£54m smart grid project completes first pilot stage
The UK’s largest ‘smart grid’ project has completed the first stage of its research into electricity consumption after establishing a series of on-going trials with 12,000 customers in Yorkshire and other areas across the North East.
Led by Northern Powergrid, the electricity distribution network operator for the North East and Yorkshire, the £54m Customer-Led Network Revolution (CLNR) project is testing a number of innovative solutions to ensure Britain’s electricity networks are fit for the future and ready for mass uptake of low carbon technologies, such as solar PV, heat pumps and electric vehicles.
Government targets to cut carbon emissions by 34% by 2020 and 80% by 2050 will help the UK reduce its carbon footprint and establish a low carbon economy, but achieving these targets will largely depend on low carbon technologies being adopted on a nationwide scale.
As many of these are electricity-dependent, the additional demand created will mean that electricity networks across the UK need to become ‘smarter’ to accommodate Britain’s changing energy requirements and help accelerate the development of a low carbon energy sector.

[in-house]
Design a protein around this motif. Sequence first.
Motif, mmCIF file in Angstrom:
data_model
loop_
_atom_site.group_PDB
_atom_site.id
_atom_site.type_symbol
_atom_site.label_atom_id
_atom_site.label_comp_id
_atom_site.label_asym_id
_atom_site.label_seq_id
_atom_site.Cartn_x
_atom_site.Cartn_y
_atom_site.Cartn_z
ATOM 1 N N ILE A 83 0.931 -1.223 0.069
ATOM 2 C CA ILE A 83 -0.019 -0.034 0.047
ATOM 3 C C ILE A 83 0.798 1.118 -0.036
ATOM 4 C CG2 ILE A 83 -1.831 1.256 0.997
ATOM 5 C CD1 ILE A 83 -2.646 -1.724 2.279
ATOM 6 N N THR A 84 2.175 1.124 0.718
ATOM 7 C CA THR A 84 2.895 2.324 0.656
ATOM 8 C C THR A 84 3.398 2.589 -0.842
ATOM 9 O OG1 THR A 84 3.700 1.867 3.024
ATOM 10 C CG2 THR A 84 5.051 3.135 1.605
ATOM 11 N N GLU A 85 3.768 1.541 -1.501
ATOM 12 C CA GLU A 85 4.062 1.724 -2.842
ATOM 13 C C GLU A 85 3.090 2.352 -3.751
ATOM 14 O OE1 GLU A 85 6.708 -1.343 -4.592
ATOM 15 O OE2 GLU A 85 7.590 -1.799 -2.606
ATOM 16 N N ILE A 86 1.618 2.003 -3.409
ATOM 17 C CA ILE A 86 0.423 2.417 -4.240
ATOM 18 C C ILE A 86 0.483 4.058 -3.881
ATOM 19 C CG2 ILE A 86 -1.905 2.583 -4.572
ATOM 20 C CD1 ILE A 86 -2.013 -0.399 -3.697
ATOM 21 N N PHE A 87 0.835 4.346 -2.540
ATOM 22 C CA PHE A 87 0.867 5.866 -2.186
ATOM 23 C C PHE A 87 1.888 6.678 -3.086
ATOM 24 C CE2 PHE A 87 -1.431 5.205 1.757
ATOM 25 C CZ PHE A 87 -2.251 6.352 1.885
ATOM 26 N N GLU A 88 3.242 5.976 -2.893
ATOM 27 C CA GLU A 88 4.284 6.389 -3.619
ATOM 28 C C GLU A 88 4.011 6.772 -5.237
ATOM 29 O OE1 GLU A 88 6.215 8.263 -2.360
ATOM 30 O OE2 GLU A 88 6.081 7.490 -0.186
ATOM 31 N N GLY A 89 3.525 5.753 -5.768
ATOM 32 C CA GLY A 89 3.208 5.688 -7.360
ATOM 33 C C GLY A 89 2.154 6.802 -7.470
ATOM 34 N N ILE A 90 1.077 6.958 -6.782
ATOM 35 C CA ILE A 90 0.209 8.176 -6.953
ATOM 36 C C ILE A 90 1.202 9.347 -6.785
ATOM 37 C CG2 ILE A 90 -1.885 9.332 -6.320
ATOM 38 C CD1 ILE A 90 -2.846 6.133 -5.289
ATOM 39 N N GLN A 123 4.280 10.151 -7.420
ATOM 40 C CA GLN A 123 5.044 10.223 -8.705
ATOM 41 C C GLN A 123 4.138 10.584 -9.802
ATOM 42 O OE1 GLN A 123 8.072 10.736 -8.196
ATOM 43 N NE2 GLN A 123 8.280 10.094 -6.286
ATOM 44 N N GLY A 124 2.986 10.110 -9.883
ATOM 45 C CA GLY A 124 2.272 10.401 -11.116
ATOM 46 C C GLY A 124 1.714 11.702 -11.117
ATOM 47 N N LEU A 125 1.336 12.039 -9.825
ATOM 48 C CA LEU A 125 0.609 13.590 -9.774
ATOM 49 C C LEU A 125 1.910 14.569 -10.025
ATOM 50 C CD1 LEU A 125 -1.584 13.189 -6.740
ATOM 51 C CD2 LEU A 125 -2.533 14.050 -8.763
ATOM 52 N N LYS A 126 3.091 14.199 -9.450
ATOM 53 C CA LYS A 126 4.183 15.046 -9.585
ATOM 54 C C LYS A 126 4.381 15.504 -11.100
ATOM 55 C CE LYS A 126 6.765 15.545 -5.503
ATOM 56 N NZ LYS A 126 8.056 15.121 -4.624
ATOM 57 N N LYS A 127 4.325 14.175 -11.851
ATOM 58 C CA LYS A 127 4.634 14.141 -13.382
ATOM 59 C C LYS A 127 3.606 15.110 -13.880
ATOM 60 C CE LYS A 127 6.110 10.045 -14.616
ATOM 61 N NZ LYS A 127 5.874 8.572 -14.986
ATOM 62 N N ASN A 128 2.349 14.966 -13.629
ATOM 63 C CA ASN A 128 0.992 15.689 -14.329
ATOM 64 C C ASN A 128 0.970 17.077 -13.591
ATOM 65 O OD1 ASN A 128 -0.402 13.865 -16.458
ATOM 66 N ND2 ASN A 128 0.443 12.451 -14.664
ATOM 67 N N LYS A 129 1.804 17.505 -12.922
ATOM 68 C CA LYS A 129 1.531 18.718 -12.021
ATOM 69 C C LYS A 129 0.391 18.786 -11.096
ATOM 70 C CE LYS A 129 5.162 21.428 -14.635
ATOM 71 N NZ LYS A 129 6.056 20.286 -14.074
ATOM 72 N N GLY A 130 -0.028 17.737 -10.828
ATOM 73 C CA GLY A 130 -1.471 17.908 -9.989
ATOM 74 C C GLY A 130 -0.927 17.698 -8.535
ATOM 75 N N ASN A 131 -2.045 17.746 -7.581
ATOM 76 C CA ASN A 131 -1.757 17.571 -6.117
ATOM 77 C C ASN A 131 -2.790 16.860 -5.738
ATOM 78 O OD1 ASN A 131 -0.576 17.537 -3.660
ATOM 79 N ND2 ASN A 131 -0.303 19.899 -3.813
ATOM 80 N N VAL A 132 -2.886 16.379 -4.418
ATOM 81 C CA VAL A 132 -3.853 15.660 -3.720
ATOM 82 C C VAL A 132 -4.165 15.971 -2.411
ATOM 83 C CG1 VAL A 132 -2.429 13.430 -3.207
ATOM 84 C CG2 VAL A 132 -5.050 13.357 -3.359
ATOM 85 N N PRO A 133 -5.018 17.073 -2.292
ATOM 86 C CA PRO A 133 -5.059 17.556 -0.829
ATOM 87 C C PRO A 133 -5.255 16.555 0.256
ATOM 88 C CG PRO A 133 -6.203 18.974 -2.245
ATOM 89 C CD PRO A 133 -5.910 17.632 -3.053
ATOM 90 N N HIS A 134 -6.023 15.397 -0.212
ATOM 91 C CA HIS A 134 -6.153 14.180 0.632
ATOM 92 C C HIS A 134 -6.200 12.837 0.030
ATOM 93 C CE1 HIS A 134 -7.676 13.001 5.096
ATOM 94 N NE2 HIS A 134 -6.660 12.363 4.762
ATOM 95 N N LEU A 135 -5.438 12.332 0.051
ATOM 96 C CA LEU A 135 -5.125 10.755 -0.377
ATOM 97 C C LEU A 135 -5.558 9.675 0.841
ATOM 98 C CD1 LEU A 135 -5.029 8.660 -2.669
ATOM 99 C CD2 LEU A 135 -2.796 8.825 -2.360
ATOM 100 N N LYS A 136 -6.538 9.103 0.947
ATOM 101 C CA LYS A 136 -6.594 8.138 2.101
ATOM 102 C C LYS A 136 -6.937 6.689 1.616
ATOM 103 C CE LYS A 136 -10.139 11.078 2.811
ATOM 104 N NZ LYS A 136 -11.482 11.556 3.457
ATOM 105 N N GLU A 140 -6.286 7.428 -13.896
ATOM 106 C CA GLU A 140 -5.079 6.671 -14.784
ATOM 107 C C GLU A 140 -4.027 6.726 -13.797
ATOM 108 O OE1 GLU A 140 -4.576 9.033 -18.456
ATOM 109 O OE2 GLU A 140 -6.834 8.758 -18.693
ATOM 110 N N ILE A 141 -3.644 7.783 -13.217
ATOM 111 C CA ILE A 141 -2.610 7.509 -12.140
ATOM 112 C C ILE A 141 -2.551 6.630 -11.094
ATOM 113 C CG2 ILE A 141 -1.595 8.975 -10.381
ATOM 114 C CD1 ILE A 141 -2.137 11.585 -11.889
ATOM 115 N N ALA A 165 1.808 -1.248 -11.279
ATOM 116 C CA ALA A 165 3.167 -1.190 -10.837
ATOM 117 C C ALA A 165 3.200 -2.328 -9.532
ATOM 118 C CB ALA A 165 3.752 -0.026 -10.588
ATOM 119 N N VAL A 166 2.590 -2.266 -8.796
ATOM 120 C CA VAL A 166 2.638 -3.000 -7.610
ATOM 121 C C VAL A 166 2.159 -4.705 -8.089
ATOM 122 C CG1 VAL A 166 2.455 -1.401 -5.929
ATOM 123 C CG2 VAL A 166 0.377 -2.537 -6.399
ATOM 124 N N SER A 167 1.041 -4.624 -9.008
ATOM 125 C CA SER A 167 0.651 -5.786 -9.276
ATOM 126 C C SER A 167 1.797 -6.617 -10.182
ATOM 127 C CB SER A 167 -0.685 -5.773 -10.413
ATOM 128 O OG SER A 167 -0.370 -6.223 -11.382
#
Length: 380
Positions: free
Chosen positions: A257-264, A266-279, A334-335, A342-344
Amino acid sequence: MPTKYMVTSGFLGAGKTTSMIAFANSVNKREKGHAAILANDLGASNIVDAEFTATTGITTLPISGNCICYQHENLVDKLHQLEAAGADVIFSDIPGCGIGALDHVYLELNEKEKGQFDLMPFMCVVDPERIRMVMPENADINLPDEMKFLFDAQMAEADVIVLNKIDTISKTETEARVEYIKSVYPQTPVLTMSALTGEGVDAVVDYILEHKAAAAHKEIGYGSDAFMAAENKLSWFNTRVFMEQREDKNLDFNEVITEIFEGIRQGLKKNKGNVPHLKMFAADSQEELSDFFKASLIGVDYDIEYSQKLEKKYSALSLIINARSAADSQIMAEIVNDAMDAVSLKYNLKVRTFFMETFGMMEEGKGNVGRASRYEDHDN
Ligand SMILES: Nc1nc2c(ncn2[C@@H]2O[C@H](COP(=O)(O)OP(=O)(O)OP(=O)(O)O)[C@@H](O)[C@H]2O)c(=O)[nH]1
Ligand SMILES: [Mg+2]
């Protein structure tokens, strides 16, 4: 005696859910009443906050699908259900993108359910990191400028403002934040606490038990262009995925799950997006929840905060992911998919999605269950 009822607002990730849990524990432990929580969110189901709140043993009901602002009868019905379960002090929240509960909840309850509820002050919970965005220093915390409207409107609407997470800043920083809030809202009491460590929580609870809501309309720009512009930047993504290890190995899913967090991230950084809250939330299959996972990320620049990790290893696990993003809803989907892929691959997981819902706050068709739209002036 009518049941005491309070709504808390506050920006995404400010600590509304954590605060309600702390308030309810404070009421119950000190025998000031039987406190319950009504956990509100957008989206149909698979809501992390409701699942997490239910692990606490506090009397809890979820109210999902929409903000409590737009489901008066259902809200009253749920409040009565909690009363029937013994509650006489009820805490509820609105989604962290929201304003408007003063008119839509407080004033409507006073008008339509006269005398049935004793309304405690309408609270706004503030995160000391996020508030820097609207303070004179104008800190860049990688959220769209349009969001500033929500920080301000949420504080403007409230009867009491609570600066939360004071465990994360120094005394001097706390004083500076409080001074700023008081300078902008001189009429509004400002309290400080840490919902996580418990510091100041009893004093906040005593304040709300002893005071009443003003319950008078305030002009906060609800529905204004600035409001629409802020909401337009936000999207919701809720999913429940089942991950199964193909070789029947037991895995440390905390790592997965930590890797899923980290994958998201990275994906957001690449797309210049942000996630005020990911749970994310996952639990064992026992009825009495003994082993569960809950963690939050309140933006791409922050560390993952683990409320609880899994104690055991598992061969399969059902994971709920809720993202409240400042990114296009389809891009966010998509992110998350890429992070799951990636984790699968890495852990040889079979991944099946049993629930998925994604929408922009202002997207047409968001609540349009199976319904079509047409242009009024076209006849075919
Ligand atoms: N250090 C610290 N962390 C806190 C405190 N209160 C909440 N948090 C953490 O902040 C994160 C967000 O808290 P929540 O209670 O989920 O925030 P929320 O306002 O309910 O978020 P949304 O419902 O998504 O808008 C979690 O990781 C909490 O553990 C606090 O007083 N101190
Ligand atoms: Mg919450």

Dr Liz Sidebotham, communications manager for the CLNR project said: “Yorkshire and North East is really leading the way with this project, preparing for the widespread uptake of low carbon technologies by carrying out ground-breaking trials with thousands of customers and testing innovative new technology on the electricity network.
“Through these trials we’ve seen early signs that customers are happy to change their usual daily routines - putting their dishwasher on overnight instead of during the day for example - to benefit from a cheaper tariff.
“This is hugely important because achieving a degree of customer flexibility in significant numbers is a win-win situation; offering customers a way to save money and network operators a means of cost-effectively reducing network demand at peak times.”
Northern Powergrid is working with British Gas, EA Technology and Durham Energy Institute to complete the CLNR project and will continue to study electricity consumption and test pioneering new equipment across electricity networks in the North East and Yorkshire regions throughout 2013.
The findings from all CLNR trials are being shared with other electricity distribution network operators across the UK and on the project’s website to help the energy industry prepare for the low carbon future.
This was posted in Bdaily's Members' News section by Mark Lane .